Limerick's Aaron Gillane bidding to continue his rise to prominence

Scorer in chief hungry for success

Jerome O'Connell

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Jerome O'Connell

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joconnell@limerickleader.ie

Limerick's Gillane bidding to continue his rise to prominence

Limerick's Aaron Gillane is blazing an U-21 scoring trail

WHAT a nine months for Aaron Gillane and that’s ahead of the Munster U-21 Hurling Final next Wednesday.

On October 23 last Gillane was central as Patrickswell ended a 13 year wait for Limerick SHC in style with an emphatic 1-26 to 1-7 final win over Ballybrown.

That earned him a call-up to John Kiely’s Limerick senior panel and played in the Munster Senior Hurling League.

But he didn’t make the cut for the 36-man Allianz Hurling League panel, confirmed on February 2.

By March 16 he was back in the panel after a blistering Fitzgibbon Cup campaign for Mary Immaculate College. Gillane fired 3-6 in a win over Dublin IT, 2-10 in the quarter final, 0-12 in the semi final and 1-5 in the final against IT Carlow.

On June 4 in Thurles he made his Munster SHC debut as a substitute against Clare.

Now he is blazing an U-21 scoring trail; 0-9 against Tipperary and 0-14 against Clare – 10-points from play in total.

Three years ago Gillane was part of Brian Ryan’s Munster MHC winning panel but his lot was the final three minutes of the semi final win over Cork.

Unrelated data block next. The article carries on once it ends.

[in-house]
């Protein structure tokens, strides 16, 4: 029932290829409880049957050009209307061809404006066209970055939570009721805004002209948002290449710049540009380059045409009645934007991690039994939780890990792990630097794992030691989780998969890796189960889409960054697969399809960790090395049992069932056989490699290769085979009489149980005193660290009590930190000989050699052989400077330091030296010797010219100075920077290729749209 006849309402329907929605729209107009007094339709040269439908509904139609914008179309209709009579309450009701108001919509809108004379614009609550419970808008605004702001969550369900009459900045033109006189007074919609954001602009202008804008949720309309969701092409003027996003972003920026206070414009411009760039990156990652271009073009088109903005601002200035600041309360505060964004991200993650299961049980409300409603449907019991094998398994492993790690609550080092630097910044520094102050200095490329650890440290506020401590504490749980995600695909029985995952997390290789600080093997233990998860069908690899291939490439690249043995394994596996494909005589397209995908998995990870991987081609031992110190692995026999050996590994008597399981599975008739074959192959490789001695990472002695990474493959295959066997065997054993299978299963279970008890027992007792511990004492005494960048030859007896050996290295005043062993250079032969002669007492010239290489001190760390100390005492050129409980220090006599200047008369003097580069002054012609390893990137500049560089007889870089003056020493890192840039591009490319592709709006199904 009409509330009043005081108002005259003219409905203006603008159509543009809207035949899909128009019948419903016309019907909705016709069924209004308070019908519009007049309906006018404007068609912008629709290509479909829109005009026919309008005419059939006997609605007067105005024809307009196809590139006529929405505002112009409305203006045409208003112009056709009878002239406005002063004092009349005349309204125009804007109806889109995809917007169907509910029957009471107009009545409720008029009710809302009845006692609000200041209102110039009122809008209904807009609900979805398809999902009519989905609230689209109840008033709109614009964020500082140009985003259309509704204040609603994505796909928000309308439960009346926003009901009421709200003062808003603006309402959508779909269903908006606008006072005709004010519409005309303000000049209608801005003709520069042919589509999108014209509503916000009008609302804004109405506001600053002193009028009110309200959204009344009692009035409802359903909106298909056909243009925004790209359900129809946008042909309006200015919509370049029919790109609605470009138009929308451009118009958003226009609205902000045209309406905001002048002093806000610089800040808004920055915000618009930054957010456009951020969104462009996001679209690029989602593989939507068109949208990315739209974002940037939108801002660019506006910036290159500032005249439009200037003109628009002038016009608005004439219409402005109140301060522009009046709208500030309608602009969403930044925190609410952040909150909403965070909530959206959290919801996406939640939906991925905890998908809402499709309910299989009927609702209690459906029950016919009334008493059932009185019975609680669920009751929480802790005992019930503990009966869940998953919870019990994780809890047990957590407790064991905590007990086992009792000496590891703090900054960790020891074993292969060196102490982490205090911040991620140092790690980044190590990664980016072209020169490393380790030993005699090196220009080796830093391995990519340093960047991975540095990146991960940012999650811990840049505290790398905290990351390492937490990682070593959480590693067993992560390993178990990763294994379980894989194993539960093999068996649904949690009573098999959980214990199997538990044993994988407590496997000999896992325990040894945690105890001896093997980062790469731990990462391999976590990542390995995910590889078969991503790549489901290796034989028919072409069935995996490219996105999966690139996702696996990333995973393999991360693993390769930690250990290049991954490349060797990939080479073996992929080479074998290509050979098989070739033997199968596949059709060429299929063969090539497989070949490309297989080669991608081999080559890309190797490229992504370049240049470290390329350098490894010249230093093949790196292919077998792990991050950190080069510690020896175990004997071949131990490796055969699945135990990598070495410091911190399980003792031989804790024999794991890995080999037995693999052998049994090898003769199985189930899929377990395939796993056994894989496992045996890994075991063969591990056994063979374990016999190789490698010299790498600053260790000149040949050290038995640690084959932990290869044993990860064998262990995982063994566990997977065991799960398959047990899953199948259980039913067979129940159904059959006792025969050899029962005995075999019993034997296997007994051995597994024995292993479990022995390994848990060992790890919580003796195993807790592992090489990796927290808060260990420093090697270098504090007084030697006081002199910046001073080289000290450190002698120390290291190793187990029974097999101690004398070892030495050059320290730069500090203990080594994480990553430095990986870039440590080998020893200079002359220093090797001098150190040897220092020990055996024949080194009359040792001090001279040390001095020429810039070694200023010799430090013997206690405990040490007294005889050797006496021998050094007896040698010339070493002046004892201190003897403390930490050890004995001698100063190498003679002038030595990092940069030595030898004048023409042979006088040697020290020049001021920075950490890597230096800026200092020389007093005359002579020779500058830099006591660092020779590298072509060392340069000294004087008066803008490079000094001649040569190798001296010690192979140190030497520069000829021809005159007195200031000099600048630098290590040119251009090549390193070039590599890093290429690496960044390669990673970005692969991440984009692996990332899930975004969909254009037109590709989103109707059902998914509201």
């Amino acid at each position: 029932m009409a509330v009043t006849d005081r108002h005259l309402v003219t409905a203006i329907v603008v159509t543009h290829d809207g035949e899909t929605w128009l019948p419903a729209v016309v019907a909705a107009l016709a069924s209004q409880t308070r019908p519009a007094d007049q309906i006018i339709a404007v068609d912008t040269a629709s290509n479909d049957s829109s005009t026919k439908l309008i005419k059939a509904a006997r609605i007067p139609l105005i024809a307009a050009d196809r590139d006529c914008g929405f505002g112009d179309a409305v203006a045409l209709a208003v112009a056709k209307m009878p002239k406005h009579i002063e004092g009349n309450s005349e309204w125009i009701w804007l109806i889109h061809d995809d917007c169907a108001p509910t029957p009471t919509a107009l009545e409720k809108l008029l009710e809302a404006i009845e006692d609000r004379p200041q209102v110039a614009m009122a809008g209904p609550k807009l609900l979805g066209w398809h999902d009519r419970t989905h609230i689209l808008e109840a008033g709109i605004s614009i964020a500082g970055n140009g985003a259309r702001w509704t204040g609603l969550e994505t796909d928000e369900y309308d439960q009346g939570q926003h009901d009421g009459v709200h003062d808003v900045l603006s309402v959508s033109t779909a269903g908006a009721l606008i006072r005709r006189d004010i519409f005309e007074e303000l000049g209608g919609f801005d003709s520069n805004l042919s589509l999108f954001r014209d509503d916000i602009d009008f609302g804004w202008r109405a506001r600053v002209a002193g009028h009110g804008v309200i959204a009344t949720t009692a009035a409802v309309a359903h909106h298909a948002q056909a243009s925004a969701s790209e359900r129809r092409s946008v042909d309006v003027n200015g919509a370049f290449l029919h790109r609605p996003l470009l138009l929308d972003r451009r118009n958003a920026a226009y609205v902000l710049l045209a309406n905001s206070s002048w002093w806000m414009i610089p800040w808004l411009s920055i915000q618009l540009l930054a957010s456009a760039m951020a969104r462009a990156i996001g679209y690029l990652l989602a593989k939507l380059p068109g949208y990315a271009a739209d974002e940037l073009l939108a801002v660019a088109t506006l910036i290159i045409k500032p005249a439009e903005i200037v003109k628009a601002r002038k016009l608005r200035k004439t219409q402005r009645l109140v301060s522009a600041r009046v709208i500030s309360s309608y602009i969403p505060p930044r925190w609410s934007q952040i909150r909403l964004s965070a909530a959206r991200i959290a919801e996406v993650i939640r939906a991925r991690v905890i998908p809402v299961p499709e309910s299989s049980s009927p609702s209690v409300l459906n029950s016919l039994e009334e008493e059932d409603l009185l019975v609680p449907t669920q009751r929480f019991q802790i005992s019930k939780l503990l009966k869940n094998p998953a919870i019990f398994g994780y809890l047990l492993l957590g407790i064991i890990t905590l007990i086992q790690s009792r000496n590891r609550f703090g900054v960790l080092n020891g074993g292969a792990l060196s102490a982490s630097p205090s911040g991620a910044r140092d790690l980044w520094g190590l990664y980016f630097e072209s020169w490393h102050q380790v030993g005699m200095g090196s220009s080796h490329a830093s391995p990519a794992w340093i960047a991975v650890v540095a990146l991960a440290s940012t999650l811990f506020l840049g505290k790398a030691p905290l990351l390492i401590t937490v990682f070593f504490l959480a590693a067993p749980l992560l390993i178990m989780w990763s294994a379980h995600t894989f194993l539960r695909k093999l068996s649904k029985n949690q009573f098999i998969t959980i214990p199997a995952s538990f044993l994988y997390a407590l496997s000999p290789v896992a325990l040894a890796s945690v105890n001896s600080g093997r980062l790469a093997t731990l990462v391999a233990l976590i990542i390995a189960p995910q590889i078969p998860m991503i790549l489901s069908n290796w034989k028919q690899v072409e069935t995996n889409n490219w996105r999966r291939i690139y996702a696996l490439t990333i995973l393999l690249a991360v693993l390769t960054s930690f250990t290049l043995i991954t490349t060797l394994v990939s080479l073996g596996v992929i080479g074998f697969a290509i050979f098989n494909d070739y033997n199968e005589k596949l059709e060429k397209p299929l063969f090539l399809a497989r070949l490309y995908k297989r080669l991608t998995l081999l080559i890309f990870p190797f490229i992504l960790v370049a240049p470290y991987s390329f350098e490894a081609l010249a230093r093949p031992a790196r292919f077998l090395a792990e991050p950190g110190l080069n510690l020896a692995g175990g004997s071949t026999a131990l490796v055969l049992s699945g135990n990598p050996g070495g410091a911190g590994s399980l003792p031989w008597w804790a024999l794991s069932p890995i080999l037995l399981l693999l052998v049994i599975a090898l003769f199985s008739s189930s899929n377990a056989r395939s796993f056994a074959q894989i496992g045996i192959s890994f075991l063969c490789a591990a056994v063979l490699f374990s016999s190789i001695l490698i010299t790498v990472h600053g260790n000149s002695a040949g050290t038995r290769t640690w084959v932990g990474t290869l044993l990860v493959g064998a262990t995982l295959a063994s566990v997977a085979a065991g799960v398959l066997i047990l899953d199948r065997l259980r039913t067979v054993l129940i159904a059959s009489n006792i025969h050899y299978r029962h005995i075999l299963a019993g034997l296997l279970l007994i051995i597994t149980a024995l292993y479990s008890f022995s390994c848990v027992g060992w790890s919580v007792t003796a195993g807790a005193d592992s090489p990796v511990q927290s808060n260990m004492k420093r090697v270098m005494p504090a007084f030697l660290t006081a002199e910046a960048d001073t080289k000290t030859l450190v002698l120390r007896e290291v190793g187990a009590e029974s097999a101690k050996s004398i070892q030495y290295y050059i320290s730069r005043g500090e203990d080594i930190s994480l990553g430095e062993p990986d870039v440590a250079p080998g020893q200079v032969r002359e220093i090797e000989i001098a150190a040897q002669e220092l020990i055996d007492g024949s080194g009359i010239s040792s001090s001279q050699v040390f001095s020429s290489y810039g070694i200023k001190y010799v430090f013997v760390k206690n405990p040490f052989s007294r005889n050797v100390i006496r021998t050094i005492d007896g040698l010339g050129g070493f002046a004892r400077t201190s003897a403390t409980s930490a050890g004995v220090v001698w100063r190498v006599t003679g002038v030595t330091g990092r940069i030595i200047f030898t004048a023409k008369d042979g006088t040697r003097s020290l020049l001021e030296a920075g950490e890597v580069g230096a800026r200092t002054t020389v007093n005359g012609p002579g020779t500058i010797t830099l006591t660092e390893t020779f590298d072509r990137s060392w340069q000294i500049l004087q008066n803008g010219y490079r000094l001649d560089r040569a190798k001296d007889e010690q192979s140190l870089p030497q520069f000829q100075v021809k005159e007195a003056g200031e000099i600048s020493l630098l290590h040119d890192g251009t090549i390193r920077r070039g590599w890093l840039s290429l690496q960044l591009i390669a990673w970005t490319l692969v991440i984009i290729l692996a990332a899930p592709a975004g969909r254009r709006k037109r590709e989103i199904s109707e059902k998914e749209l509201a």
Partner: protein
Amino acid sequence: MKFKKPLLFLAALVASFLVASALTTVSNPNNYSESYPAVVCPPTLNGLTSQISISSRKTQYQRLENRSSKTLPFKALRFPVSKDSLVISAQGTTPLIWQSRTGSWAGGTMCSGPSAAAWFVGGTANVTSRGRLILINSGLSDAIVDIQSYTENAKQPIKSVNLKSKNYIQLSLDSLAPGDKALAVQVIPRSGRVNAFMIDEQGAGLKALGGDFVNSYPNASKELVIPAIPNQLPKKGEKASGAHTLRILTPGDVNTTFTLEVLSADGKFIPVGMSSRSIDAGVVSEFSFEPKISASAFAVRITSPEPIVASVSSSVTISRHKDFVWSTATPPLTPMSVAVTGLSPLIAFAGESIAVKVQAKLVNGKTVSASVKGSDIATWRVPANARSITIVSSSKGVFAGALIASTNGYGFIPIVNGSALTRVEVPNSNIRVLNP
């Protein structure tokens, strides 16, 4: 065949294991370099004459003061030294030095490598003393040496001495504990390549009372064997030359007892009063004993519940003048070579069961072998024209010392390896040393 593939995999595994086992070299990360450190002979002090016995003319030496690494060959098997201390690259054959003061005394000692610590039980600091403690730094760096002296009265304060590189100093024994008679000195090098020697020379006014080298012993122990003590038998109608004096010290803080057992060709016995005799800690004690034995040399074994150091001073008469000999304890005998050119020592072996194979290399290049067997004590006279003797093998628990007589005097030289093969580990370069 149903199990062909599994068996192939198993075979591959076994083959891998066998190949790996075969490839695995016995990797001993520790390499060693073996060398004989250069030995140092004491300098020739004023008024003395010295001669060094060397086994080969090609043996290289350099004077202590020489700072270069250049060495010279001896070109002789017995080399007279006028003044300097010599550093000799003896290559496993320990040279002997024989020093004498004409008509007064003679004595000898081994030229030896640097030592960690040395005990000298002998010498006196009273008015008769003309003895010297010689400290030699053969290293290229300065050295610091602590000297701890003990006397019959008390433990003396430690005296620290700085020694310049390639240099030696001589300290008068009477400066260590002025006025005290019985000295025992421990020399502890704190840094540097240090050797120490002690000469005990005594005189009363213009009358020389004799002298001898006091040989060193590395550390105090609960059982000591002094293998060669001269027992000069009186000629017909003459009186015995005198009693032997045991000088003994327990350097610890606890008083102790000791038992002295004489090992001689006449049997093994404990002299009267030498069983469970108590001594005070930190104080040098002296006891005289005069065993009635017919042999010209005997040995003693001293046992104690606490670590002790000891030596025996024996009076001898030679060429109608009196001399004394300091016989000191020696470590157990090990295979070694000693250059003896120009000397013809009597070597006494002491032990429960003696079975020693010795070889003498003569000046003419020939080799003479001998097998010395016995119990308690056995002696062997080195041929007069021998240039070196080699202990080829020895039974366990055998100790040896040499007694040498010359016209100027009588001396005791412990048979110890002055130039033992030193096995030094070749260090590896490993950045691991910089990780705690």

Fast forward three years and Gillane is very much a vital cog as Limerick again face Cork – this time in a Munster U-21 final.

“I am lucky to be finally playing a few matches and want to hold onto my position,” said Gillane, who started against Cork last season but didn’t make the team for the next outing against Tipperary.

Now his in fifth year with the Patrickswell senior team, Gillane places a firm stock on club form.

”Playing with Patrickswell is a big thing for me - playing senior is a big help. Even starting out playing young, playing senior is all I wanted to do and that is then a platform to prove yourself,” outlines Gillane.

“If you are 16 or 17 and training with the seniors, they will get you well used to it.”

The Fitzgibbon Cup was his next step on the ladder to top level hurling.

”It’s all a learning curve – you come up against some teams there and they have the best of county players,” he said of the Fitzgibbon Cup.

He added: “This is an U-21 grade but it is so physical it’s like senior.”

Ahead of Wednesday’s final, Gillane is hoping experience can be to Limerick’s benefit.

”There are a few of the boys that played in the All Ireland final in 2015 and just think of the amount of big matches that they have played in – they are well used to it. We won’t be thinking about the occasion, just focusing on a strong challenge. We still have a bit of work to do. At the start of the year there were 8/9 of us on the senior panel and we rarely got to train with the U-21s except for matches. To get the win against Tipperary, especially when we hadn’t being training together all the time, was very big. Now we are all well used to eachother,” explained the Patrickswell sharpshooter ahead of the Munster final.